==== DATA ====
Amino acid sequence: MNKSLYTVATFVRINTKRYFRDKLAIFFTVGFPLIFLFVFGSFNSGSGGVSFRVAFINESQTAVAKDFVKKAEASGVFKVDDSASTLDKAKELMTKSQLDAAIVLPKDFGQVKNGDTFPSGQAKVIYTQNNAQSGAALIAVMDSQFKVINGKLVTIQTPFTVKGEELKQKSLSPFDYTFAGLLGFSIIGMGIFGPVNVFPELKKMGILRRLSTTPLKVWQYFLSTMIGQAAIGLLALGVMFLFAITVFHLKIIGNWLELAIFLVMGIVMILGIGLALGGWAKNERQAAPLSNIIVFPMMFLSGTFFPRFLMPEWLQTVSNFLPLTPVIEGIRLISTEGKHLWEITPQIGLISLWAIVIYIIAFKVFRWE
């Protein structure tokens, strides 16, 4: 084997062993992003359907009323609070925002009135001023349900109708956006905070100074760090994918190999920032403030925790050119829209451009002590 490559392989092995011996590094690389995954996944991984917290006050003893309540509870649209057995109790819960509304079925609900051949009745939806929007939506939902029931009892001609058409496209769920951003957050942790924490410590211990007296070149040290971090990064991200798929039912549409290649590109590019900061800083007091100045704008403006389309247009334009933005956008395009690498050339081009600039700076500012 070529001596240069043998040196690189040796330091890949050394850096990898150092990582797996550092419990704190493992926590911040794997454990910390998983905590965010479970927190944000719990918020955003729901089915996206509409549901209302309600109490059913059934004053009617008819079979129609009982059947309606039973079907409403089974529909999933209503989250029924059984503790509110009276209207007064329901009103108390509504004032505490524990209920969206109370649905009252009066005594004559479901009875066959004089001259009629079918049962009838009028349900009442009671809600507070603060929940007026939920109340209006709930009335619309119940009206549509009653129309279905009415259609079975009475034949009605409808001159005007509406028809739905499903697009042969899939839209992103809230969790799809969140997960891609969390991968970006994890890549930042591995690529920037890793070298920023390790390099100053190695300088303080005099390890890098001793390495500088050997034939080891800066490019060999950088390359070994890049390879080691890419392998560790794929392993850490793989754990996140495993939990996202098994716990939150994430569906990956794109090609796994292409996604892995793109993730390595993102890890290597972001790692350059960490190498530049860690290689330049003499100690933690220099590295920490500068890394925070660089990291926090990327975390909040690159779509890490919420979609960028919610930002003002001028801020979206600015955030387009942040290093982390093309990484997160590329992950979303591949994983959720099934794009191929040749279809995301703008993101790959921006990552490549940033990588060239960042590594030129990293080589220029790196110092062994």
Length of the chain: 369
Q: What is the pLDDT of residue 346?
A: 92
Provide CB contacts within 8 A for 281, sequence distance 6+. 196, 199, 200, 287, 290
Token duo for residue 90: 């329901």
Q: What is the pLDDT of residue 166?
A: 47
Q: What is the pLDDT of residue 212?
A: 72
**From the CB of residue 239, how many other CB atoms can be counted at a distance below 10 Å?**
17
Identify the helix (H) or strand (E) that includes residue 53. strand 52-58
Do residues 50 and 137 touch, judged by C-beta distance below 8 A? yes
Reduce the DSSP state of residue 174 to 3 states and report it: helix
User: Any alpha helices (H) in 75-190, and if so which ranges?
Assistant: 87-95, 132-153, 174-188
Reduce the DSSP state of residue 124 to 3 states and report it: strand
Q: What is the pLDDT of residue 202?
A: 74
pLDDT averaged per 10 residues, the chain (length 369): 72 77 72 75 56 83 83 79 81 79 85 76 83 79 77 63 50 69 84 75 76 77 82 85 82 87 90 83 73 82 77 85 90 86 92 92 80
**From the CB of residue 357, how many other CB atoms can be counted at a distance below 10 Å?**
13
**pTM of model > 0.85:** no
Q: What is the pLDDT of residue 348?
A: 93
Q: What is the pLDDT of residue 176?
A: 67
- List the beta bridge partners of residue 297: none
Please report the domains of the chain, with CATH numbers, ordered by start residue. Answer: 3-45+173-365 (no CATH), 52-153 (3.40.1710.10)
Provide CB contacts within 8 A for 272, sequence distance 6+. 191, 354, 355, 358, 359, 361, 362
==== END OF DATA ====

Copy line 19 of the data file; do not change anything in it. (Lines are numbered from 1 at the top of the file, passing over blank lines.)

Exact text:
Reduce the DSSP state of residue 124 to 3 states and report it: strand